All this said, the most important thing to know is that rates are down, and it is worth a phone call or a meeting to see if you can get a better deal than you have right now.... do it today, and you'll probably be glad you did! 

Monday, August 15, 2011

Sick of Junk Mail? Take 1 minute to get your name OFF lists.

Want to cut down on your junk mail, specifically insurance and credit card offers?  Take 1 minute (max!) and go to optoutprescreen.com  to enter your info (& your spouse's) & stop unsolicited credit card & insurance offers for five years.  This is a free service, and worth the minute it takes to sign up! 

Want to get rid of even more junk mail?  Catalogchoice.org is also FREE and lets you search for the companies that inundate you most frequently and register to have your name taken off their list.

Want to stop the flood of coupon mailers, magazine offers, insurance promos, sweepstakes entries and more?  For about $41 for 5 years the nonprofit 41pounds.org will keep all of your family members' names off the consumer mailing lists for five years.  

Declutter your life & protect your personal information.  Do it today!

Saturday, August 13, 2011

Indiana Black Expo - Fort Wayne Aug 14 - 20

Celebrate Fort Wayne's black heritage and enjoy entertainment, arts, crafts, food & more!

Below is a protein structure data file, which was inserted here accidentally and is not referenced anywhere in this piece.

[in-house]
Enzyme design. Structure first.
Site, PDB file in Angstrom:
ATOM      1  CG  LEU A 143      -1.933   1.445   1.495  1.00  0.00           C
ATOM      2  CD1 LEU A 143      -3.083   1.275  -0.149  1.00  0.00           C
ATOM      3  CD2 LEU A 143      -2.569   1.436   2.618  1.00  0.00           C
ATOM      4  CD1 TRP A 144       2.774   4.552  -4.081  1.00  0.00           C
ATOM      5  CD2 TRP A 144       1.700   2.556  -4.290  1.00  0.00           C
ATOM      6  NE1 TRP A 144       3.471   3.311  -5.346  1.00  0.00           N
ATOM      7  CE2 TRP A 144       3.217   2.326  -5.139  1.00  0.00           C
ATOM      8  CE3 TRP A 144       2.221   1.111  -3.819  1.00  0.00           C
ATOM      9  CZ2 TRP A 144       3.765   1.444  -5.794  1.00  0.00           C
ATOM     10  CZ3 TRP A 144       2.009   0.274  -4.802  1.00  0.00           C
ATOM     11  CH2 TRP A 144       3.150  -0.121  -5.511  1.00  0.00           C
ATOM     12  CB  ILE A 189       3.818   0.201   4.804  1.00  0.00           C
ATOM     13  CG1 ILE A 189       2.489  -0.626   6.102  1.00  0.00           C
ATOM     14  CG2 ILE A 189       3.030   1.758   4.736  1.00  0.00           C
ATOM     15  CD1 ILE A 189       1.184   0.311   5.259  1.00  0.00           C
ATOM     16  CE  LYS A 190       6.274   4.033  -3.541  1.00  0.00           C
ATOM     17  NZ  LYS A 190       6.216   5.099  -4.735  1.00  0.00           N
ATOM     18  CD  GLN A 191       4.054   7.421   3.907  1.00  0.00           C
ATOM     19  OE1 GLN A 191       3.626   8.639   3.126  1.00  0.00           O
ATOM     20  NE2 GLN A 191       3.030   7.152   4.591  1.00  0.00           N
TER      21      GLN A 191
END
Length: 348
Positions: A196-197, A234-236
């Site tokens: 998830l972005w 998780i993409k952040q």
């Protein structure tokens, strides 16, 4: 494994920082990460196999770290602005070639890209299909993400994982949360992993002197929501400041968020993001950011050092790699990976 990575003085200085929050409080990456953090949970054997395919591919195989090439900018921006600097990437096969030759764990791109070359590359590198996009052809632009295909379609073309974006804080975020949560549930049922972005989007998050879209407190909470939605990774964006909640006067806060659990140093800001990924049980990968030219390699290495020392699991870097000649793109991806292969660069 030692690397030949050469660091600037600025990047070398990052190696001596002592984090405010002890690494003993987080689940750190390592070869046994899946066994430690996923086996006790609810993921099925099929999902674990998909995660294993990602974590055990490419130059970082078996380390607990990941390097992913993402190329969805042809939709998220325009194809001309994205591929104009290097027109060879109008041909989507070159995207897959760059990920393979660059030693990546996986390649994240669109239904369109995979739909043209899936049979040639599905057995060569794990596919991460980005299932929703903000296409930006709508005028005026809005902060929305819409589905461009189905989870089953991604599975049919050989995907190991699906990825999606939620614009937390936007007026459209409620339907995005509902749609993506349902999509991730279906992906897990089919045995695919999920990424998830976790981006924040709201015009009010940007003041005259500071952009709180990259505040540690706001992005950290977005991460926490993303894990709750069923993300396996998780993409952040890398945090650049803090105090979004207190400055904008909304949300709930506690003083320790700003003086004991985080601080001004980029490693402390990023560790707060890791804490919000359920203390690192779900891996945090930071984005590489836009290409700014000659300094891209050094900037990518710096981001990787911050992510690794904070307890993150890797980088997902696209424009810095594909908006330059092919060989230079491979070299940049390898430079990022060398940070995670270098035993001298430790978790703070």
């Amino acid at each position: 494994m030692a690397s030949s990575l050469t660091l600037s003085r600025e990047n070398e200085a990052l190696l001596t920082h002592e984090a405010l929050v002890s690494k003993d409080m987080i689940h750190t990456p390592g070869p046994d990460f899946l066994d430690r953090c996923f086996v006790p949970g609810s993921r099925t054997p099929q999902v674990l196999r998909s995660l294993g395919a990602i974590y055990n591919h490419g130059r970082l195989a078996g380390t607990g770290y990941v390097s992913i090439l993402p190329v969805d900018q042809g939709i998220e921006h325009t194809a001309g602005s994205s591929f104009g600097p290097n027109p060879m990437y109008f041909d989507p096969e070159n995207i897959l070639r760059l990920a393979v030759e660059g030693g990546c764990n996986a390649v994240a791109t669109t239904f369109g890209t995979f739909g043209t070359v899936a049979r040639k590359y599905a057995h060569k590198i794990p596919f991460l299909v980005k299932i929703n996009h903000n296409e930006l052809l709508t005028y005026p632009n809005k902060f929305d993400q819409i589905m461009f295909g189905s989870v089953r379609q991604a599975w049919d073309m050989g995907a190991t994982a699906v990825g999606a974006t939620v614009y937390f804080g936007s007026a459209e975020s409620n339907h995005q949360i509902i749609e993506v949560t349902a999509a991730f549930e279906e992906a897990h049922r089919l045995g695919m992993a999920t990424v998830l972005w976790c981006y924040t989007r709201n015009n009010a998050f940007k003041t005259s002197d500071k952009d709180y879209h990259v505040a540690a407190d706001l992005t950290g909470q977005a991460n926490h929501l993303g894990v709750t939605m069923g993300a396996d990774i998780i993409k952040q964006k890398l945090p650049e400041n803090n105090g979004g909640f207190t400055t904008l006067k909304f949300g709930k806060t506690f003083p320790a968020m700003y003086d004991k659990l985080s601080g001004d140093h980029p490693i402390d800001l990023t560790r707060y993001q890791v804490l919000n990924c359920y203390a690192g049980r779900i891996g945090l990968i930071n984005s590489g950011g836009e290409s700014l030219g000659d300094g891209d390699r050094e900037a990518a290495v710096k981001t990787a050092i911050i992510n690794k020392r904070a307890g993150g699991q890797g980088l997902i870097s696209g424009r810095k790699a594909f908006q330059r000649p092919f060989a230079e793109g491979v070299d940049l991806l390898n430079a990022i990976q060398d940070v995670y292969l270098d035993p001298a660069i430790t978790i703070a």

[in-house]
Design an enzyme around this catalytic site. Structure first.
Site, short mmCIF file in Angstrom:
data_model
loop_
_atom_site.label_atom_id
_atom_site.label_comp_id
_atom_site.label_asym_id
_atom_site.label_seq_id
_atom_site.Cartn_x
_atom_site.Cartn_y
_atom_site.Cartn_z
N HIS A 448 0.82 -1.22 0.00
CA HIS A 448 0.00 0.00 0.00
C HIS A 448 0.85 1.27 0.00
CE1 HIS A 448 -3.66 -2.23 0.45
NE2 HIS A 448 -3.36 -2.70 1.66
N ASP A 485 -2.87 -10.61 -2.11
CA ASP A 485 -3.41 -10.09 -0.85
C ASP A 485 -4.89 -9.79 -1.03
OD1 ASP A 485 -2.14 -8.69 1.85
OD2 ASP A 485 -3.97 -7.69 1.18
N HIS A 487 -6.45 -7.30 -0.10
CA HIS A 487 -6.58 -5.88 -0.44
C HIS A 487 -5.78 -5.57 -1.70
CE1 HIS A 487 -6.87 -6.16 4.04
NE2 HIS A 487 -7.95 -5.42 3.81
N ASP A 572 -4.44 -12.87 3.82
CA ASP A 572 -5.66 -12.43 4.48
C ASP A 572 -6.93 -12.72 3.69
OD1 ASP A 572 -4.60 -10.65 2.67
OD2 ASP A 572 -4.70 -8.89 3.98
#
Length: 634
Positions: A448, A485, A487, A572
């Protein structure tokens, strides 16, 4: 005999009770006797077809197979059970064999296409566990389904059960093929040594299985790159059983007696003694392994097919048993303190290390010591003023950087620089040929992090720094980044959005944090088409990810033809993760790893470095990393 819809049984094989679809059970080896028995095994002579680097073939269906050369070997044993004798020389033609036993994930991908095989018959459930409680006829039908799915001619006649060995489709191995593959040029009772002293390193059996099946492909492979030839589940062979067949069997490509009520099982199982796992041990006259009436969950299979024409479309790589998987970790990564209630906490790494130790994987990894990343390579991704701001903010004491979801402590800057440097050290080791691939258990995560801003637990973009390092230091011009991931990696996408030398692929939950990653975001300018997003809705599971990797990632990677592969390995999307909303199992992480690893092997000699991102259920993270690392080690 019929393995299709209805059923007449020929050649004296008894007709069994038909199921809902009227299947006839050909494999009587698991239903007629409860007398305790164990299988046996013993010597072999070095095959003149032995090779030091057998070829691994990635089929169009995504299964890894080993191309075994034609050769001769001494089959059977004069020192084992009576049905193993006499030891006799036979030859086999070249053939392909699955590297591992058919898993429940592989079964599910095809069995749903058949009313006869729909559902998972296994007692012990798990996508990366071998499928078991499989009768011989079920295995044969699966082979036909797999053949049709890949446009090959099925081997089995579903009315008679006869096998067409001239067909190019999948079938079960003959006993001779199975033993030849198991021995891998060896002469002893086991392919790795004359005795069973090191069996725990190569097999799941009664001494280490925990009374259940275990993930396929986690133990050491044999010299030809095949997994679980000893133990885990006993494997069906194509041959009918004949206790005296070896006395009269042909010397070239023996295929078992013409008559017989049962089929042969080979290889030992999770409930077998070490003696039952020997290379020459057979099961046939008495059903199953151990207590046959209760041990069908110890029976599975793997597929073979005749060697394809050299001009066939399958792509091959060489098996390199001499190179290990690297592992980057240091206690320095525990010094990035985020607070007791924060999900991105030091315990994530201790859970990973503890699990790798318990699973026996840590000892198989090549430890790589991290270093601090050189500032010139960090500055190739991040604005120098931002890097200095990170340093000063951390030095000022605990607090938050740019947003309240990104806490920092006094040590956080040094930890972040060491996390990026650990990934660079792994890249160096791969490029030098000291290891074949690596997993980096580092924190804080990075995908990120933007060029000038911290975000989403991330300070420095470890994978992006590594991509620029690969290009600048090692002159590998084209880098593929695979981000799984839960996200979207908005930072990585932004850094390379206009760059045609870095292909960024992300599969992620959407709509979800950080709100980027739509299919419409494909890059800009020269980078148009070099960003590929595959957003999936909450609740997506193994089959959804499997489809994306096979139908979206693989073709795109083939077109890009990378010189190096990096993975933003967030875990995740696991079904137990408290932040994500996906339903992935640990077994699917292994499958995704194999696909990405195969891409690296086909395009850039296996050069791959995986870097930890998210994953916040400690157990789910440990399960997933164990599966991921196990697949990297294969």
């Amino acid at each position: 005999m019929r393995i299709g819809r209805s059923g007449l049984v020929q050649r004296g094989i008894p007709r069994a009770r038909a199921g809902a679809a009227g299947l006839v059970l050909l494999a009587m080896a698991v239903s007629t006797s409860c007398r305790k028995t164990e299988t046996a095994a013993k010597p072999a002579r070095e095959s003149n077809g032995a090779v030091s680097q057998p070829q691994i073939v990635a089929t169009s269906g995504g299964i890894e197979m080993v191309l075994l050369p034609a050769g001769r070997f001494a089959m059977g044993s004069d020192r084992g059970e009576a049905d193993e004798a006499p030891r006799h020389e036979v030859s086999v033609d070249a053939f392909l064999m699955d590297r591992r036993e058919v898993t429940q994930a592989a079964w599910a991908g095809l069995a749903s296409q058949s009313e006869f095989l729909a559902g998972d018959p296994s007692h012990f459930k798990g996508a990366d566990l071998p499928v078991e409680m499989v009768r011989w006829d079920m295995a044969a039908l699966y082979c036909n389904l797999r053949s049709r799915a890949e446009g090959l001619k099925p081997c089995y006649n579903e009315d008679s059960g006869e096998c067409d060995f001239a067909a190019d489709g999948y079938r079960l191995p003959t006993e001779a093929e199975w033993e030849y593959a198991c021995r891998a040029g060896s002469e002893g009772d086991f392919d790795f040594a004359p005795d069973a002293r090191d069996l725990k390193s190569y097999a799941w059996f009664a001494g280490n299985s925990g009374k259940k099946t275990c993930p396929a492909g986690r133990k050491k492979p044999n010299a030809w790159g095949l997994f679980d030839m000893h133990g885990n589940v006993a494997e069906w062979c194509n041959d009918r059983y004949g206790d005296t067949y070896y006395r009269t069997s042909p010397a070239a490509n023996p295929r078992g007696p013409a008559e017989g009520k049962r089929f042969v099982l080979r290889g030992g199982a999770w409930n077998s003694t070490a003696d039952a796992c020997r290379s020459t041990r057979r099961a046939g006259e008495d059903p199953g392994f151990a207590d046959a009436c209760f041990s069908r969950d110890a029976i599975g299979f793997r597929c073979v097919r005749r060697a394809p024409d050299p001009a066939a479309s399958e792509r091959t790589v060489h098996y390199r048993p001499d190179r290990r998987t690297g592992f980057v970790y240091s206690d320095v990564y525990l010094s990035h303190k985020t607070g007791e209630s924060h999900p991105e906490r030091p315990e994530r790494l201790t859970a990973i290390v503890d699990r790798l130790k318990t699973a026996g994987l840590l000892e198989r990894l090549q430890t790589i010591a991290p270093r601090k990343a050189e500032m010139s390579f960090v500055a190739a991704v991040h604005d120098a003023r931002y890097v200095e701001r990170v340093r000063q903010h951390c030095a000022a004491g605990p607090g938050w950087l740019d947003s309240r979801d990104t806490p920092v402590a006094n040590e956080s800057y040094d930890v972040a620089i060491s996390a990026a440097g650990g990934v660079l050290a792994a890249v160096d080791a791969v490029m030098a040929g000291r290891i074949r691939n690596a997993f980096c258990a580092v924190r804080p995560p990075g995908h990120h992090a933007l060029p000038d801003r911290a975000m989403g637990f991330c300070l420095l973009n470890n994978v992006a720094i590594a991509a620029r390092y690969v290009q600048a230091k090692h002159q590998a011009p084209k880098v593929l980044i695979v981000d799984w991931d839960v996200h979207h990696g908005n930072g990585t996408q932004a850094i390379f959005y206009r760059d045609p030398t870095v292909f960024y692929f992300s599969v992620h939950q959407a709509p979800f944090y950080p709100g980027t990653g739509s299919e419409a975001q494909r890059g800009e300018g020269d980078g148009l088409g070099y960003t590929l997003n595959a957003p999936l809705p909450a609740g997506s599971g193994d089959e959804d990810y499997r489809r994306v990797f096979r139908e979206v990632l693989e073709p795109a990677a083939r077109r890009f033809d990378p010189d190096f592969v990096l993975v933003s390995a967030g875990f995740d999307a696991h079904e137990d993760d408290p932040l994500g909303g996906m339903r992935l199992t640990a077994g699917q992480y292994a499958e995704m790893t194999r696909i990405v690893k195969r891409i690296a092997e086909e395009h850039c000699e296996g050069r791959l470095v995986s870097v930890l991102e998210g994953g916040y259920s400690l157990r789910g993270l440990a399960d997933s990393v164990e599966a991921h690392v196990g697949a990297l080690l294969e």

For more info:  www.ibeonline.com

Thursday, August 11, 2011

Indiana State Fair

Looking for something to do with your kiddos before they head back to school?  Don't forget that the Indiana State Fair is currently underway and will be through Aug 21.  I took my boys last year on a week day, and was pleasantly surprised at how it was not overcrowded and at how much we were able to do.  I was also pleased that I was able to take our own food & drink in with us, and I highly recommend making sure you take PLENTY of water.  We had a fun time last summer, but it was HOT and we were THIRSTY very quickly! 

For more info go to www.indianastatefair.com

Have fun!

Tuesday, August 9, 2011

Van Buren Popcorn Festival - Aug 11-13

It is that time of year again - the 39th annual Van Buren Popcorn Festival is Aug 11 - 13. 

Featuring "popcorn athletics", Beers & Jessup Amusement Rides, Clown Ineraction Kid Show&, a Silly Safari.

For more info & a full schedule of events, visit www.popcornfestival.org or call #765-934-4888

Monday, August 8, 2011

Fandana Festival at Huntington University (Aug 11-13)

Are you a live music fan?  You may want to check out the Fandana Festival Aug 11-13

More than 30 bands will perform on multiple stages around campus, including Switchfoot, Sidewalk Prophets, Photoside Cafe, Attaboy and Me in Motion.  The festival will also feature an indie band competition, seminars and an indie film component.